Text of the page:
incrediBILL - 8:21 pm on Apr 6, 2013 (gmt 0)
That is a ridiculous argument Bill..
Because some things are creative commons ..those who have their non creative commons stuff stolen should negotiate with the thieves ?
It's not ridiculous, it's a fact, and a point that you should be taking from this instead of nitpicking the details is the users, visitors, etc. have no way to tell the difference and the browsers have no blocking technology that allows us to stop them.
I'm pretty sure I made a cogent argument for simple technology that would inform the person that the image isn't for taking vs. all the images that are freely available.
You and I aren't the ones to decide how an image is used. Many a business owner slaps their domain name in the images they pay to have created and use it for free advertising already as it's embedded in the image and give them attribution.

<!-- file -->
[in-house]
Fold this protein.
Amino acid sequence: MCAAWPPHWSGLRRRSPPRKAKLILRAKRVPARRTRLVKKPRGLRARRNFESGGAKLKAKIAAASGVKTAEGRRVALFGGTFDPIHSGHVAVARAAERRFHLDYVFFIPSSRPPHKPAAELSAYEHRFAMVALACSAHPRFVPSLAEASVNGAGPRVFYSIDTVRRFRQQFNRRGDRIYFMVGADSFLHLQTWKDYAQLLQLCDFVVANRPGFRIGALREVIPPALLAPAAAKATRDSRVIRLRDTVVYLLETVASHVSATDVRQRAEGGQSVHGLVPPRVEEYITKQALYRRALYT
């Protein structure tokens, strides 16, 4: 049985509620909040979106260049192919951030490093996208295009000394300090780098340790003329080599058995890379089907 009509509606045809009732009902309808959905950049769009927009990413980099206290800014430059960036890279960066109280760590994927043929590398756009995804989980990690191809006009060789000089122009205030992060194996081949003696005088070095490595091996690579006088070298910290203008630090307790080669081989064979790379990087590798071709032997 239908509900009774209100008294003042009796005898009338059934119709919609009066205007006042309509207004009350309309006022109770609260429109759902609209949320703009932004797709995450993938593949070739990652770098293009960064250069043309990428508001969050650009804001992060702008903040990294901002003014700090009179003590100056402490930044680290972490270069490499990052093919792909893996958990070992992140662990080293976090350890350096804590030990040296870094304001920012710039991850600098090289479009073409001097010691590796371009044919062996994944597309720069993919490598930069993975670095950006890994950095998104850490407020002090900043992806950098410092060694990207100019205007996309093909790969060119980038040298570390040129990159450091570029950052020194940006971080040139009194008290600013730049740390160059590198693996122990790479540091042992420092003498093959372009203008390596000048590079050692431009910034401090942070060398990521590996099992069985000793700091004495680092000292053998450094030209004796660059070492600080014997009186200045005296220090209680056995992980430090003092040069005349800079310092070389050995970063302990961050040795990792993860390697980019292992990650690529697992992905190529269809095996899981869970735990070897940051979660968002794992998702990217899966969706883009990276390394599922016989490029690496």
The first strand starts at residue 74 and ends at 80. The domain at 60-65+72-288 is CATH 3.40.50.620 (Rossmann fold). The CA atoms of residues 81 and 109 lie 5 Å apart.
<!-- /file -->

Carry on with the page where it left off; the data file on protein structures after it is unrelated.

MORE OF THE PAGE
The argument you can remove that from the image is because there IS NO DRM IN PLACE to stop it as the image editing tools should also block people that don't own the image from making edits as well as copying it.
I'm looking for a solution to the problem to stop it and not really interesting in the nuances of the issues surrounding it.
Let's put an end to it, at least and end for honest people doing it as scrapers will edit the binary but granny sure won't, so the discussion stops once and for all.
If the browsers, sites, and image tools adopt a common license DRM standard suddenly all the normal software updates happen and POOF! the problem goes away almost overnight.
J see it as a doable thing that's way better than my post on how to block Pinterest as it's just the tip of a very big copyright iceberg.
Plus a DRM solution in the browsers could also be implemented in such a way to permanently prevent hotlinking of images not licensed for the site linking the image.
I see a big picture solution here to a bunch of image abuse problems that can all be stopped with some very simple technology.